State Subsidies for International Billionaire

Last year the state financed a $1 million purse (prize money) for a multi-billionaire whose horse won the Pennsylvania Derby. Seriously. The billionaire also happens to be the vice president and prime minister of the United Arab Emirates.

Purses awarded to wealthy out-of-state horse owners are not unusual. According to a 2015 Tribune-Review report, top owners living outside Pennsylvania won a majority of the prize money in harness and thoroughbred racing from 2013 through 2015.

The state raises the money for purses—approximately $250 million—by taxing slot machines. Some of the revenue is also used to fund health and pension benefits for horsemen and breeding operations.

The subsidies are supposed to create a thriving horse racing industry in the commonwealth. But a report from the Pennsylvania Gaming Control Board indicate this form of corporate welfare isn't working:

The racing industry in Pennsylvania continues to struggle attracting a new fan base as evidenced by a reduction in wagering on the racing product. $722 million was wagered on live races held in Pennsylvania in 2015 representing a decrease of 6% when compared to 2014.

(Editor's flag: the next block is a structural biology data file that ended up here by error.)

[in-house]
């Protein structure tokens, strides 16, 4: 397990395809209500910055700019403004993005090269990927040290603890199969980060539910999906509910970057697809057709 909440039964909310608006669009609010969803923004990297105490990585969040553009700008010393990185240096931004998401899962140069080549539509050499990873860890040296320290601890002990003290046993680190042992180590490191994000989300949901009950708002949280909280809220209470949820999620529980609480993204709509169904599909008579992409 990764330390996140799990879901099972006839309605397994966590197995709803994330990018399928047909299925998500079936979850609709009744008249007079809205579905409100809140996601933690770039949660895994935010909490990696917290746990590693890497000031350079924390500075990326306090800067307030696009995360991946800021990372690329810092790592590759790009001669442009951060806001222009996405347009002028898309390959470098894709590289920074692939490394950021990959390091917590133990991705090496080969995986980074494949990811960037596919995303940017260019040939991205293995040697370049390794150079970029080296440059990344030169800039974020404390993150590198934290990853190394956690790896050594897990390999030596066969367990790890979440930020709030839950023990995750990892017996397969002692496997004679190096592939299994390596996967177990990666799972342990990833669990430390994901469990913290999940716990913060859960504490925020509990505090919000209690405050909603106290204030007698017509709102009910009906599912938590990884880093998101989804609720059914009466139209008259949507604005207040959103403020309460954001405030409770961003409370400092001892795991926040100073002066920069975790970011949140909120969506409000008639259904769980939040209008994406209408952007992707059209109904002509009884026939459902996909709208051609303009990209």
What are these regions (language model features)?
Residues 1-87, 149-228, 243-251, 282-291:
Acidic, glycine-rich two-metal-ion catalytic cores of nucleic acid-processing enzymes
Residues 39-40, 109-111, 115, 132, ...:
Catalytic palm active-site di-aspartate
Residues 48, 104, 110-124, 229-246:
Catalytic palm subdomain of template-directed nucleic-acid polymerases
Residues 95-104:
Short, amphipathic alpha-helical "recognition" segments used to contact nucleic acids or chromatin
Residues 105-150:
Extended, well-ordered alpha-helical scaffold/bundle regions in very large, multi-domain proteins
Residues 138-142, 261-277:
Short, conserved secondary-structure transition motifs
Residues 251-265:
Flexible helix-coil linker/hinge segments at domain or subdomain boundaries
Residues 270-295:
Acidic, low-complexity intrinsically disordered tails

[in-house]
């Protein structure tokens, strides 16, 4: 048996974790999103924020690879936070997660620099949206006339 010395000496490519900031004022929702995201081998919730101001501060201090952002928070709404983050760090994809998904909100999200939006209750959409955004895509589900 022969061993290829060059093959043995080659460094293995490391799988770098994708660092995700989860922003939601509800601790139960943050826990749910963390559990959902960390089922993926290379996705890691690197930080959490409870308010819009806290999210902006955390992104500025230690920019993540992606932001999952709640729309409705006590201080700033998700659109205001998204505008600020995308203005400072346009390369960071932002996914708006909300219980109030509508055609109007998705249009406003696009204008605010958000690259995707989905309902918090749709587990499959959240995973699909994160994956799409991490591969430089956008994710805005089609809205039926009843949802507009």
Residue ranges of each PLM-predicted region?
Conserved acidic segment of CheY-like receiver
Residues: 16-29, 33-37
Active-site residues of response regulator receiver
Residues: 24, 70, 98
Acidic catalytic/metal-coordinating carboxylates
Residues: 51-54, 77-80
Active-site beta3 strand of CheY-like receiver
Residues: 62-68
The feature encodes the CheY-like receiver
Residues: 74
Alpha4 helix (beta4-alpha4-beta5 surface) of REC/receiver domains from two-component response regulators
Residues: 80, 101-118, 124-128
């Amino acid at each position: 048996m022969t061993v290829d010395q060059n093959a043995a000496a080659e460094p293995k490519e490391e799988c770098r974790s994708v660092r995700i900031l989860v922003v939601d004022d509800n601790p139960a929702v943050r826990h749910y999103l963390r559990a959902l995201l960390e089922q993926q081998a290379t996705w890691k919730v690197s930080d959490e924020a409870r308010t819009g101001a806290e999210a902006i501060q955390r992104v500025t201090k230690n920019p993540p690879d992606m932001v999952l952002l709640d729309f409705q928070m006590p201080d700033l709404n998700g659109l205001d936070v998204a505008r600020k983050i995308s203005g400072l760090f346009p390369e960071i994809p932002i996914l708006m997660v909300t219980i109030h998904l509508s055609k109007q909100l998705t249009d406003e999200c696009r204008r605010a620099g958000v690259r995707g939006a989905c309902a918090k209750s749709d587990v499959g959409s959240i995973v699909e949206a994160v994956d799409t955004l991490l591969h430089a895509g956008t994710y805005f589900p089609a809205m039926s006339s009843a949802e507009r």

As wagers have declined, so has total attendance, which has dropped by more than 22,000 people since 2011.

In addition to funding purses, the state encourages breeding by offering awards to Pennsylvania breeders who finish among the top 3 in state races. Last year, Pennsylvania-based breeders earned the fewest awards since 2011. Although, according to the Gaming Control Board report, more stringent residency requirements triggered the sharp decline during 2015.

Nevertheless, the horse racing industry’s struggles are cause for concern, but efforts to reverse the downward trends with state subsidies are neither fair nor effective.

It's difficult to justify raising taxes on working people when Pennsylvania simultaneously hands out millions to out-of-state wealthy horse owners, and hundreds of millions of dollars in other corporate welfare.